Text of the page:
By Professor Clare Bradford
In July 2009 I received an email from my colleague Mavis Reimer, at the University of Winnipeg, headed ‘We have to talk’. I anticipated that Mavis wanted to sound me out about a research project or publication. But this email was different. Mavis told me that the University of Winnipeg had successfully nominated me as a Visiting (International) Trudeau Fellow, and that the Trudeau Foundation was offering me $225,000 and eight months at the University of Winnipeg in 2010. It didn’t take me long to say yes.
The Trudeau Foundation was established in 2001 as a memorial to Pierre Elliott Trudeau, with an endowment from the Government of Canada and private sector donations (www.trudeaufoundation.ca). Each year the Foundation awards five Fellowships to scholars who have achieved distinction for their research in areas of most significance to Pierre Trudeau: human rights and dignity; responsible citizenship; Canada’s engagement in international affairs; environmental issues. Fellows include the sociologist Will Kymlicka, the ethno-musicologist Beverley Diamond, and Constance Backhouse from the field of feminist legal studies. The Foundation also funds 15 Scholars (PhD students) annually and 10 Mentors, drawn from academic, professional and government fields, who are matched with Trudeau Scholars. All are unsolicited awards, which is why until I received Mavis’s email I had no knowledge that I had been nominated. Unlike grants awarded by bodies such as the ARC and SSHRC (Social Sciences and Humanities Research Council of Canada), Trudeau Fellowships are not linked with specific projects. Instead, Fellows are free to use their Trudeau funds for any initiatives and projects they choose.
My Fellowship was the first awarded to a non-Canadian scholar (Visiting Fellow). The University of Winnipeg nominated me because of my research record, especially in the area of Indigeneity and children’s literature, and because I had developed strong networks with colleagues at the University by working with them on a SSHRC-funded project. Mavis Reimer holds a Canada Research Chair in the Culture of Childhood and heads up the Centre for Research in Young People’s Texts and Cultures, where I was located during my period of residency. The University of Winnipeg serves a student population of almost 10,000 and has strong connections with the downtown area where it is located. Its President, Lloyd Axworthy, was Foreign Affairs Minister in the Trudeau Government and his commitment to social justice and community engagement is evident in the University’s programmes in Human Rights and Global Studies, and Aboriginal Governance.
My introduction to the Trudeau ‘family’ took place at the Trudeau Summer Institute in Saskatoon, Saskatchewan in May 2010, where I presented a workshop on Indigenous narratives with Trudeau Mentor Maria Campbell. This was a great privilege because Maria is a prominent Aboriginal writer, playwright and teacher whose 1973 book Halfbreed was a pivotal text for its depiction of Aboriginal experience, widely taught in Canadian high schools and universities.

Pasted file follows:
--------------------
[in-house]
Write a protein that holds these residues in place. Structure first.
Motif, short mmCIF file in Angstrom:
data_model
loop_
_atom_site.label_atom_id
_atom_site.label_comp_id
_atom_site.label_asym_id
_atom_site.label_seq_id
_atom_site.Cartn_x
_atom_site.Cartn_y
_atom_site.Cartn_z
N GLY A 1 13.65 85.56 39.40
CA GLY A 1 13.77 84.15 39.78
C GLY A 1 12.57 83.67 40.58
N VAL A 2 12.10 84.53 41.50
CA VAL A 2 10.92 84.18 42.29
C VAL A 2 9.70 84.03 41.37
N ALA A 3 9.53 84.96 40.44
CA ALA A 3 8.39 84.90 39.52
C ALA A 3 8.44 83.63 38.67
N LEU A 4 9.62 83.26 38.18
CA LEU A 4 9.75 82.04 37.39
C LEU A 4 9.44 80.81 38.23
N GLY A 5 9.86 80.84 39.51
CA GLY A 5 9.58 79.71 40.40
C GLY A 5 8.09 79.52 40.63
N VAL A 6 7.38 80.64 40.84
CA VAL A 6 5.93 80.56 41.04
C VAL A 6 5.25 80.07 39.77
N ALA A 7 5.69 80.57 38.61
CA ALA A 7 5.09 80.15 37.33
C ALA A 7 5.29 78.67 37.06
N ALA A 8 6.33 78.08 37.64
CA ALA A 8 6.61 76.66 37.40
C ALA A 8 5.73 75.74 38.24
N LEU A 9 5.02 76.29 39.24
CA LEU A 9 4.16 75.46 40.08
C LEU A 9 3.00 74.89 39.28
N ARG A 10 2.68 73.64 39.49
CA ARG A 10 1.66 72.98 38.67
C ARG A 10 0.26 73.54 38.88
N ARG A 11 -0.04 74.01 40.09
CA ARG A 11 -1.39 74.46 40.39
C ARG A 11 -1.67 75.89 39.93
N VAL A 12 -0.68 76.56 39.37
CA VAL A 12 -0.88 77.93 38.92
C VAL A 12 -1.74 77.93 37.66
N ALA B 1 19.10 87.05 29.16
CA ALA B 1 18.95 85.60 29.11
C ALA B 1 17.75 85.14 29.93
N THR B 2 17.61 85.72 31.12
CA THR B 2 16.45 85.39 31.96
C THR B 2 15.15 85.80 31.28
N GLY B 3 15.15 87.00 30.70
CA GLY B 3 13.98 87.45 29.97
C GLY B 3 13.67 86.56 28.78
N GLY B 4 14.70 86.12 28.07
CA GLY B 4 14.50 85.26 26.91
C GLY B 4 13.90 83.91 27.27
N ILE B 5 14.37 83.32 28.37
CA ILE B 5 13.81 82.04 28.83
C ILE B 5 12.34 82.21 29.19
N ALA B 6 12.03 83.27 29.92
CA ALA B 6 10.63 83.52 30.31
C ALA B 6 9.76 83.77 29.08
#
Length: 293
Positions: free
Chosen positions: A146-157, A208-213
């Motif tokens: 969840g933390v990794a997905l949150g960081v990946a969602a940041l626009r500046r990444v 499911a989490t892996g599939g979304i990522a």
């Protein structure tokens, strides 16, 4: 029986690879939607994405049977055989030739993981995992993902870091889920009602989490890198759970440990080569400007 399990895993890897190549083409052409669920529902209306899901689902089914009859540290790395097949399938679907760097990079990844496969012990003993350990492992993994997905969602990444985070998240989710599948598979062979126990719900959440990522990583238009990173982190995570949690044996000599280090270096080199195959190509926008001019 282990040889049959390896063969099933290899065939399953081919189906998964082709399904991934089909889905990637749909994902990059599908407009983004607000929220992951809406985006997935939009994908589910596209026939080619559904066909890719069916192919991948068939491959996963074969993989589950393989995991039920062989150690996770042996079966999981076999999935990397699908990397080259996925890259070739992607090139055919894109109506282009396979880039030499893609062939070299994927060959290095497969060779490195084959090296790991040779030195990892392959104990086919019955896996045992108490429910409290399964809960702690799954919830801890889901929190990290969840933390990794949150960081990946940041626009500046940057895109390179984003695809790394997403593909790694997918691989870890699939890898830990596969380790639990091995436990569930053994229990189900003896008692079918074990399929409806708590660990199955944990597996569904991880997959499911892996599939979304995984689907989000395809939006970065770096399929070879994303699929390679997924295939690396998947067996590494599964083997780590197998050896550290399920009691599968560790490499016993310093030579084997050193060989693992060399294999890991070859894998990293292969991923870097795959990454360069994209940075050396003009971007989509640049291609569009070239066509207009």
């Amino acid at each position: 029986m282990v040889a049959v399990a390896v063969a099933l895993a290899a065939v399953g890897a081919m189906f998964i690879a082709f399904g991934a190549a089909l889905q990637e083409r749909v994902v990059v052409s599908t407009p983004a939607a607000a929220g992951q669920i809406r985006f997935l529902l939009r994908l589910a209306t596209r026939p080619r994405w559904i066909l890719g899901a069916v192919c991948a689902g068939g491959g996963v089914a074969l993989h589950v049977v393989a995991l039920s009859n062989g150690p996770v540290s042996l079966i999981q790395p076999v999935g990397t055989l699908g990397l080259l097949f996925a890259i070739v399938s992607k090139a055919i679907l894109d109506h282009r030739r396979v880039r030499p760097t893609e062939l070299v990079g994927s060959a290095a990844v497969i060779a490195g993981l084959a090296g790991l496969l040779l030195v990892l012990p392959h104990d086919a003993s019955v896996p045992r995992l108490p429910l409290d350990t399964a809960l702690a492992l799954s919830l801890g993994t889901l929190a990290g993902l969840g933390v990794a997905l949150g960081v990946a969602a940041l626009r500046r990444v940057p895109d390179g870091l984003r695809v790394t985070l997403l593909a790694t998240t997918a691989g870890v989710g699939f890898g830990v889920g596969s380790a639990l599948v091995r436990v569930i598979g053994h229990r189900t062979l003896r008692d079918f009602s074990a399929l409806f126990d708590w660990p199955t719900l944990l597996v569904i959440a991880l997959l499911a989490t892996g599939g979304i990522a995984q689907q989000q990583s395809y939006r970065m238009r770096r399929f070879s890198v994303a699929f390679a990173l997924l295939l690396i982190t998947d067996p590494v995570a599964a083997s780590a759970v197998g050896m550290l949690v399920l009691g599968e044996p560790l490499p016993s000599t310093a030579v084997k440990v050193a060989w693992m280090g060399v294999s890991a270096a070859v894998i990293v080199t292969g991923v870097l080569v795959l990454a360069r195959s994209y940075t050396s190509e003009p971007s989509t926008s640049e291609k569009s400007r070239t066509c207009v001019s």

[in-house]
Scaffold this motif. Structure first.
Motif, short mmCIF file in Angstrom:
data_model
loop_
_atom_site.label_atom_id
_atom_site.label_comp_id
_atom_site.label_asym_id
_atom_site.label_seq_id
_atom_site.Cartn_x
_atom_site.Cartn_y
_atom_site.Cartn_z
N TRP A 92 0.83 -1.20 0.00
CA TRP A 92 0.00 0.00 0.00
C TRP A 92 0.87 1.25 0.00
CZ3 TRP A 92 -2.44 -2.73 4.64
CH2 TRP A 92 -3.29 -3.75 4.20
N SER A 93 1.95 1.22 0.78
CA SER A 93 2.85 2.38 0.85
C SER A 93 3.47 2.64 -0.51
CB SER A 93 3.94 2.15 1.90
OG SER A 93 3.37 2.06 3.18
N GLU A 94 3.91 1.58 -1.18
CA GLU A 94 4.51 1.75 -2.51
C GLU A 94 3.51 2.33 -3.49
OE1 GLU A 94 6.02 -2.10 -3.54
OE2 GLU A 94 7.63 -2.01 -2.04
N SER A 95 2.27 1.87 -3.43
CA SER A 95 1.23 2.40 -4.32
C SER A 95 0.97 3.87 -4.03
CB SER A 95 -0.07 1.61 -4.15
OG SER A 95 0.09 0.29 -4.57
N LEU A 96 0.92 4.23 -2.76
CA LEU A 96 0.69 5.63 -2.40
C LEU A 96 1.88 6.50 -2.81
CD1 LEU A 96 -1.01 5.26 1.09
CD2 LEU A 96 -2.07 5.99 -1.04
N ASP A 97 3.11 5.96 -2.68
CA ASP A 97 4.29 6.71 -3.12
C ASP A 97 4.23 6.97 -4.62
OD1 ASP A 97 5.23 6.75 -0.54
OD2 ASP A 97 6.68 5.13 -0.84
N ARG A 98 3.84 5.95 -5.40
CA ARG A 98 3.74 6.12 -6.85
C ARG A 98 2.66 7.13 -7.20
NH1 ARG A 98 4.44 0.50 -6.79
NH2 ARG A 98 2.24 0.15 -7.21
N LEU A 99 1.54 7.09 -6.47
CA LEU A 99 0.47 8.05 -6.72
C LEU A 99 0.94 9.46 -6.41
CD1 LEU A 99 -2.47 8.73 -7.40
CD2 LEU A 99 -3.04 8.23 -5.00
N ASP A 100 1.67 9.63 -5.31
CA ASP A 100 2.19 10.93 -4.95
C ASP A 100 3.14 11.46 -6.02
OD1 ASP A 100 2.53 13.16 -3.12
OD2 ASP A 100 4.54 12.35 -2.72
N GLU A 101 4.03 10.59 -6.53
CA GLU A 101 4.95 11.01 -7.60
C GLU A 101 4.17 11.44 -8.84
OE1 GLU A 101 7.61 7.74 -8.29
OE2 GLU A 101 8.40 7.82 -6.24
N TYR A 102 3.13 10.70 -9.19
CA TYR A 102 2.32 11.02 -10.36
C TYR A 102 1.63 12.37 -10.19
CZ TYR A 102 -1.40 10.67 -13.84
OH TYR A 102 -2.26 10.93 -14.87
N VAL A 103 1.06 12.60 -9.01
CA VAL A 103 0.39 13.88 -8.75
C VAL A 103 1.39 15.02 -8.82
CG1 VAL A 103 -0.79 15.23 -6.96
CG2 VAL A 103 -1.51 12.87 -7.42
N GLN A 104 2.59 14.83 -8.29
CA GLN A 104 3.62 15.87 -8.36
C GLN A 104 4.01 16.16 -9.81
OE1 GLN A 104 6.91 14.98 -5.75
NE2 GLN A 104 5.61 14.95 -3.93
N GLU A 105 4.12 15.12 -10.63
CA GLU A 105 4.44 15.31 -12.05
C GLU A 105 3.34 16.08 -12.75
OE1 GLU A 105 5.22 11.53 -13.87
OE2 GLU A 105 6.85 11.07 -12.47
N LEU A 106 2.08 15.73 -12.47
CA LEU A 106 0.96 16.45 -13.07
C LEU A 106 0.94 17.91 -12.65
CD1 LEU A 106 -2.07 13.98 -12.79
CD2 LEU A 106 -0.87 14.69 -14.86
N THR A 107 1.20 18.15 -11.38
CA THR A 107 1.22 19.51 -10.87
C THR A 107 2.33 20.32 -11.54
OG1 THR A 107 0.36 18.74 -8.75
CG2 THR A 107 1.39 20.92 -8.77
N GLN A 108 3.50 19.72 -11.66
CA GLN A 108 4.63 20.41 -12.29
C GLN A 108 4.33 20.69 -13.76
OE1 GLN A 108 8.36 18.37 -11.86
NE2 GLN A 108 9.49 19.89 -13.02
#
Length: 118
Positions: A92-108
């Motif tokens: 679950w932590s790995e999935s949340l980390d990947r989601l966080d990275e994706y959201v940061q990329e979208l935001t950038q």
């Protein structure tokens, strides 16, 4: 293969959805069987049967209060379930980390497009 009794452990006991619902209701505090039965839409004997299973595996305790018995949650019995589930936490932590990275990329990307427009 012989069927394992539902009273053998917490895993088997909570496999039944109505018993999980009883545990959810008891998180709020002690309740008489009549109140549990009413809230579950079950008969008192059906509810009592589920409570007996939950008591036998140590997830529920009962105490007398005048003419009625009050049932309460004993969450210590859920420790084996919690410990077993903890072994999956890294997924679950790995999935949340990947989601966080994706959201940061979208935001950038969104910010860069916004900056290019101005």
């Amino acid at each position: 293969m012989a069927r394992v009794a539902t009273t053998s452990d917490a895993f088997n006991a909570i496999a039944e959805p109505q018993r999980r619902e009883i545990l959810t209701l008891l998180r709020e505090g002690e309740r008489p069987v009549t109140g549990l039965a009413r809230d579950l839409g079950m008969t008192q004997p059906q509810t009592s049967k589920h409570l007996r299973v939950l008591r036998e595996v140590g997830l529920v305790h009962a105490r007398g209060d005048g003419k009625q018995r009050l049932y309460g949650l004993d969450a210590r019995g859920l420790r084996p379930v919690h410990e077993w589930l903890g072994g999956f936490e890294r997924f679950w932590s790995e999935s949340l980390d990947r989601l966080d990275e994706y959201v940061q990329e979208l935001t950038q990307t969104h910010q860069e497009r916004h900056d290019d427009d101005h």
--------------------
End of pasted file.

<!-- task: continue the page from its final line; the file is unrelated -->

Apart from public and university lectures at the University of Winnipeg, I received invitations to present lectures and papers across Canada: at the Congress of the Social Sciences and Humanities in Montreal, the Annual Critical Race and Anti-Colonial Studies Conference at University of Alberta, Edmonton, and my Trudeau Fellowship lecture, ‘What children’s literature tells us’, at Simon Fraser University in Vancouver. In all I delivered eight lectures and seminars during my stay in Winnipeg. Although the Fellowship does not require any teaching I also developed and taught an MA course, ‘Romancing the Middle Ages’.
With Trudeau funding and a SHHRC grant, I convened an invited symposium, ‘Girls, Texts, Cultures’, bringing together scholars from Australia (including two of my Deakin colleagues), Canada, UK and USA from the disciplinary fields of literary studies, psychology, games studies, sociology, gender studies and international studies. My intention was to spearhead interdisciplinary dialogue, since many scholars carry out research on girls, their experience and how they are represented in contemporary cultures, without an awareness of developments in other fields. This was a highly successful and generative event, and will result in an essay collection to be published by Wilfrid Laurier University Press.
In line with my longstanding interest in Indigenous textuality for children, I developed a collaborative project with the Louis Riel Institute in Winnipeg. This ongoing project gathers traditional stories from Métis storytellers, investigates the cultural purposes and forms of these stories, and develops strategies for passing the stories on to Manitoba children and families. The project has taught me much about Métis culture and language, forged through the history of personal and cultural associations between Aboriginal inhabitants and European settlers, especially French and Scottish fur-traders.
The experience of living in the Canadian prairies has enriched me personally too. As an isolated city with an extreme temperature range (from 30 to -40ªC), Winnipeg has an active arts and cultural life. From my apartment window I delighted in watching the Assiniboine River change from water to ice – and I enjoyed the exhilarating experience of snowmobiling around Falcon Lake.
Professor Clare Bradford is the Director of Centre for Memory, Imagination and Invention:
Previous article on Professor Clare Bradford's research:
Sandra Kingston | Media Coordinator | Deakin University
221 Burwood Highway, Burwood, Victoria 3120
Tel: +61 3 9246 8221 | Mobile: 0422 005 485